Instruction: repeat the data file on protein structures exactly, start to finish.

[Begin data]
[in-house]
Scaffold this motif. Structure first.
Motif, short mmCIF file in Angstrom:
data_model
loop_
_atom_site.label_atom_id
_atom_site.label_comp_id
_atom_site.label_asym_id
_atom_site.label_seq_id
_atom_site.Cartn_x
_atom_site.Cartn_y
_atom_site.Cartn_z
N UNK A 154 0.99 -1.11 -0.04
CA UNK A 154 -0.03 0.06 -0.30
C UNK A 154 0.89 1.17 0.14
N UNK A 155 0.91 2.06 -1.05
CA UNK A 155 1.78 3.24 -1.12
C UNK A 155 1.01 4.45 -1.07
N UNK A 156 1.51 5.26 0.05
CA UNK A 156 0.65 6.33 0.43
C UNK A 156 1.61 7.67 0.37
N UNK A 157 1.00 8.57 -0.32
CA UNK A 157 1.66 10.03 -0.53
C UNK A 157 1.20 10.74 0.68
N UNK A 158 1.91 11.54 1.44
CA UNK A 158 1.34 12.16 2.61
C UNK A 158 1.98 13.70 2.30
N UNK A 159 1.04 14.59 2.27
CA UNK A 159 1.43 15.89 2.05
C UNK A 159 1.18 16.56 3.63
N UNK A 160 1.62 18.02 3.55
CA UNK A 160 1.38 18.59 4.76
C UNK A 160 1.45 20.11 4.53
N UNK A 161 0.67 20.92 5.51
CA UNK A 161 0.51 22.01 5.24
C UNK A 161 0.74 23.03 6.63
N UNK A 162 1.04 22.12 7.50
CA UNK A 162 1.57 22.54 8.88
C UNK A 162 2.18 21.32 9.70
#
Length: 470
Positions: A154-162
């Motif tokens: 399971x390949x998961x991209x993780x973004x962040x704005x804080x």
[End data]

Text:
[in-house]
Scaffold this motif. Structure first.
Motif, short mmCIF file in Angstrom:
data_model
loop_
_atom_site.label_atom_id
_atom_site.label_comp_id
_atom_site.label_asym_id
_atom_site.label_seq_id
_atom_site.Cartn_x
_atom_site.Cartn_y
_atom_site.Cartn_z
N UNK A 154 0.99 -1.11 -0.04
CA UNK A 154 -0.03 0.06 -0.30
C UNK A 154 0.89 1.17 0.14
N UNK A 155 0.91 2.06 -1.05
CA UNK A 155 1.78 3.24 -1.12
C UNK A 155 1.01 4.45 -1.07
N UNK A 156 1.51 5.26 0.05
CA UNK A 156 0.65 6.33 0.43
C UNK A 156 1.61 7.67 0.37
N UNK A 157 1.00 8.57 -0.32
CA UNK A 157 1.66 10.03 -0.53
C UNK A 157 1.20 10.74 0.68
N UNK A 158 1.91 11.54 1.44
CA UNK A 158 1.34 12.16 2.61
C UNK A 158 1.98 13.70 2.30
N UNK A 159 1.04 14.59 2.27
CA UNK A 159 1.43 15.89 2.05
C UNK A 159 1.18 16.56 3.63
N UNK A 160 1.62 18.02 3.55
CA UNK A 160 1.38 18.59 4.76
C UNK A 160 1.45 20.11 4.53
N UNK A 161 0.67 20.92 5.51
CA UNK A 161 0.51 22.01 5.24
C UNK A 161 0.74 23.03 6.63
N UNK A 162 1.04 22.12 7.50
CA UNK A 162 1.57 22.54 8.88
C UNK A 162 2.18 21.32 9.70
#
Length: 470
Positions: A154-162
């Motif tokens: 399971x390949x998961x991209x993780x973004x962040x704005x804080x």